5. Thermophile bacteria in permafrost: model for astrobiology

    Science.gov (United States)

    Gilichinsky, D.; Rivkina, E.; Shcherbakova, V.; Laurinavichius, K.; Kholodov, A.; Abramov, A.

    2003-04-01

    87^oC and acetogenic, growing up to 92^oC with the optimum at 80^oC. Both isolated bacteria were non-halophiles. Using these data, one can conclude that isolated thermophiles are associated with volcano. The next step of this study was carried out on volcano Tolbachik, south border of permafrost zone, Kamchatka peninsula (Russia). During the volcano eruption in 1975-76 the thick (12 to 16 m) layer of interstratify volcano ash, sand and scoria was accumulated on the elevation 1100 m and to the moment this horizon is complete freeze, t=(-1)-(-2)^oC. The analyses showed that frozen samples extracted from the borehole, crossing these young volcano deposits, contain viable microorganisms and among them, thermophilic anaerobic bacteria. Moreover, biogenic methane (up to 1100-1900 μlCH_4/kg soil) was also found in these samples. Thermophiles were never found before in permafrost thickness and this is why this study demonstrate that there are only one way for thermophilic bacteria to appear within frozen volcanic horizon - during the eruption, from volcano or surrounding associated subsurface geological strata. The most important conclusion is that thermophilic bacteria might survive in permafrost and even produce the biogenic gases. This is why the terrestrial volcano microbial community might serve as an exobiological model for hypothesis of existing ancient microbiocenoses, i. e. extraterrestrial habitats that probably might be found around Martian or other planet volcano in the absence of oxygen.

  6. Seed-vectored endophytic bacteria modulate development of rice seedlings.

    Science.gov (United States)

    Verma, S K; Kingsley, K; Irizarry, I; Bergen, M; Kharwar, R N; White, J F

    2017-06-01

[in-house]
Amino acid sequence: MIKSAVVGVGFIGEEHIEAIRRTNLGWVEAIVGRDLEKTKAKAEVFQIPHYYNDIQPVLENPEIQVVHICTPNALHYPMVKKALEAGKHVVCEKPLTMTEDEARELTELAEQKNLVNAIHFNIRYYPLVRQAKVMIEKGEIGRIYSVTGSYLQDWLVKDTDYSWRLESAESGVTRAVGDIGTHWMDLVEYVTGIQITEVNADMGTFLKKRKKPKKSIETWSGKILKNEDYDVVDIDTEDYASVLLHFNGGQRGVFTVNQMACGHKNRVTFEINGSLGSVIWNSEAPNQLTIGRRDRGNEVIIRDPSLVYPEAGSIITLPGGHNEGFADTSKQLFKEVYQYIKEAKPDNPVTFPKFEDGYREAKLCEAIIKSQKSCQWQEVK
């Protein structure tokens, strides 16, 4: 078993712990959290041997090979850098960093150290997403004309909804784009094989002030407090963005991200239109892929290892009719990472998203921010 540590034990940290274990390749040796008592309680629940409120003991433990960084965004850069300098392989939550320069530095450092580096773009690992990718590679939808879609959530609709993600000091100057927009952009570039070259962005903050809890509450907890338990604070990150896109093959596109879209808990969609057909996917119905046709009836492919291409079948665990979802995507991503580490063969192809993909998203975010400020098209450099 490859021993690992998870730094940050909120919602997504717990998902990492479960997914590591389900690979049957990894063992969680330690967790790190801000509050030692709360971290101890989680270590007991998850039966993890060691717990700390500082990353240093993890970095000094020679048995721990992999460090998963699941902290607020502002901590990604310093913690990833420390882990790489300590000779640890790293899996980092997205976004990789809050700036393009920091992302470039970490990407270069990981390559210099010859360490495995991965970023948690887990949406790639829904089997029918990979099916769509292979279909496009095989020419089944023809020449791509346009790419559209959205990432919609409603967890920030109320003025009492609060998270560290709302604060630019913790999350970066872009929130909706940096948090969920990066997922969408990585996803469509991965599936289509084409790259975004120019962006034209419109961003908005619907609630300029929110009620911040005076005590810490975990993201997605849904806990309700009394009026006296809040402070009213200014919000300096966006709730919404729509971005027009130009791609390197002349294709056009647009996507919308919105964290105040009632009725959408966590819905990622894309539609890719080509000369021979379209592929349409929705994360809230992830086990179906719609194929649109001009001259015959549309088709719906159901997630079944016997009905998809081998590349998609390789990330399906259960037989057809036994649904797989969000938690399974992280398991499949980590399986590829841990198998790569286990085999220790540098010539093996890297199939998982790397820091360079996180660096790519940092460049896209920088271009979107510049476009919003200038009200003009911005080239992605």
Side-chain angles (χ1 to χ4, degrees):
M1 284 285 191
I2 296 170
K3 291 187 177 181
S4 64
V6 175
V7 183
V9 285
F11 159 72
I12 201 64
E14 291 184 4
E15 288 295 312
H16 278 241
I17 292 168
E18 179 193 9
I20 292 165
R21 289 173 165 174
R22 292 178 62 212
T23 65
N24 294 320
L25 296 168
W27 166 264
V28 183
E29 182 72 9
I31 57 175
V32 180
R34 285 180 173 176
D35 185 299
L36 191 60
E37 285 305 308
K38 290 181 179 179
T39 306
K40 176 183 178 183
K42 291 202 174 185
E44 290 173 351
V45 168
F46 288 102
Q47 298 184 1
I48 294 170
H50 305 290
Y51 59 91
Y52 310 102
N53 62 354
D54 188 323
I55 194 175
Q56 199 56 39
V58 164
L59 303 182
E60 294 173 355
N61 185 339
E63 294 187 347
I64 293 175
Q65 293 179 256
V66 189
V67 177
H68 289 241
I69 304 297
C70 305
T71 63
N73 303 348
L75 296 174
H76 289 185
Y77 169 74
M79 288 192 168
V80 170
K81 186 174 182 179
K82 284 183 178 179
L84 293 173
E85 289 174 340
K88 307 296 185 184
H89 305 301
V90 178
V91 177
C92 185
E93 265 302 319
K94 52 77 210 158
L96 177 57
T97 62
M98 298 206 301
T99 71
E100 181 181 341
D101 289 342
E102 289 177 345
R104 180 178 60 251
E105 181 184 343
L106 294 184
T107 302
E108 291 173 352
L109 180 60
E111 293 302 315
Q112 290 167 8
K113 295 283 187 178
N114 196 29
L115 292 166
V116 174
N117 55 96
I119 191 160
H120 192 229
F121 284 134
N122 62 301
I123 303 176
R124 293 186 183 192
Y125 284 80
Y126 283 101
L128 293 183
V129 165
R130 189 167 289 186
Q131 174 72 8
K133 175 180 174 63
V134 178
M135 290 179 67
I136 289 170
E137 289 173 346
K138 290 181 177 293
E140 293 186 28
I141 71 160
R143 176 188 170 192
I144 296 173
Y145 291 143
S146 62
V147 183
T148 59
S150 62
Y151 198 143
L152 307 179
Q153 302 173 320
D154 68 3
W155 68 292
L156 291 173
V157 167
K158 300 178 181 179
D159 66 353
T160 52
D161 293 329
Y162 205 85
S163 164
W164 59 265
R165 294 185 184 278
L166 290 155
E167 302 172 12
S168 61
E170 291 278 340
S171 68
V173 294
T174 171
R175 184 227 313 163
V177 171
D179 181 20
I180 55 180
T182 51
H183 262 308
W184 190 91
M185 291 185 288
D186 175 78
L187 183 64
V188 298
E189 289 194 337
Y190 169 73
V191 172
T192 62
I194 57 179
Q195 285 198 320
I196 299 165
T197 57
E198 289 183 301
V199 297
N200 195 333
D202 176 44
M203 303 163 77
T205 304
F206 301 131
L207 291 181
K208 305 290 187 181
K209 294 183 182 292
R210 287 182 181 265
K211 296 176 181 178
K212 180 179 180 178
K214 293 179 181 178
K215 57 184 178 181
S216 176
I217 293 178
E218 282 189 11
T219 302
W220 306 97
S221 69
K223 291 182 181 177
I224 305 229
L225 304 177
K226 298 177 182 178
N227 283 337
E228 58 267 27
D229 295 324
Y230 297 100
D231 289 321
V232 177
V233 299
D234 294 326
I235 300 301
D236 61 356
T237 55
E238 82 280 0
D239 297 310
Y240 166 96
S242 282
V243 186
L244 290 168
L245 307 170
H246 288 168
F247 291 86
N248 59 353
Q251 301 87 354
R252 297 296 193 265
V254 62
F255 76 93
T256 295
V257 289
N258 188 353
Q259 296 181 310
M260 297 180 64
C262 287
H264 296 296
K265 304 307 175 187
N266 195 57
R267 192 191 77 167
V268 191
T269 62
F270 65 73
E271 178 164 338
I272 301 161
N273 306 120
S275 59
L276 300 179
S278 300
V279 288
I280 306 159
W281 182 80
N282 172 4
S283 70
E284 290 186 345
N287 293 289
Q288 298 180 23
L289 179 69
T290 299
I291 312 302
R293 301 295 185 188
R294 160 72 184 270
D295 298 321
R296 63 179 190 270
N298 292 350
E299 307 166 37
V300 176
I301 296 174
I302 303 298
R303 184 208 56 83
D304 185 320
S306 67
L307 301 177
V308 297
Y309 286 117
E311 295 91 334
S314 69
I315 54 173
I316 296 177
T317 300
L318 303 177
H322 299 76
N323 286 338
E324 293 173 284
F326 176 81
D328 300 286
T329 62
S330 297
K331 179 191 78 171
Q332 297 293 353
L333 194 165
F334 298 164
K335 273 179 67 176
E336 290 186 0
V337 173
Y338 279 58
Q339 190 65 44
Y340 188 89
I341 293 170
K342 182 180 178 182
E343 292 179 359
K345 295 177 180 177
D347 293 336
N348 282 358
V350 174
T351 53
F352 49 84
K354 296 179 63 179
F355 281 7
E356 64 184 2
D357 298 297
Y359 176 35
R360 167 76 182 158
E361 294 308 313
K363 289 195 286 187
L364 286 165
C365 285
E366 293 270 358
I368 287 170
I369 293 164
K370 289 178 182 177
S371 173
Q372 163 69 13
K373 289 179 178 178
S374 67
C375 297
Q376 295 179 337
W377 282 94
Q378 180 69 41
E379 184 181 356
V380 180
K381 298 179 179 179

The aim of the present study was to evaluate the effects of the removal of indigenous bacteria from rice seeds on seedling growth and development. Here we report the presence of three indigenous endophytic bacteria in rice seeds that play important roles in modulating seedling development (shoot and root lengths, and formation of root hairs and secondary roots) and defence against pathogens. Seed-associated bacteria were removed using surface sterilization with NaOCl (bleach) followed by antibiotic treatment. When bacteria were absent, growth of seedlings in terms of root hair development and overall seedling size was less than that of seedlings that contained bacteria. Reactive oxygen staining of seedlings showed that endophytic bacteria became intracellular in root parenchyma cells and root hairs. Roots containing endophytic bacteria were seen to stain densely for reactive oxygen, while roots free of bacteria stained lightly for reactive oxygen. Bacteria were isolated and identified as Enterobacter asburiae (VWB1), Pantoea dispersa (VWB2) and Pseudomonas putida (VWB3) by 16S rDNA sequencing. Bacteria were found to produce indole acetic acid (auxins), inhibited the pathogen Fusarium oxysporum and solubilized phosphate. Reinoculation of bacteria onto seedlings derived from surface-disinfected rice and Bermuda grass seeds significantly restored seedling growth and development. Rice seeds harbour indigenous bacterial endophytes that greatly influence seedling growth and development, including root and shoot lengths, root hair formation and disease susceptibility of rice seedlings. This study shows that seeds of rice naturally harbour bacterial endophytes that play key roles in modulation of seedling development. © 2017 The Society for Applied Microbiology.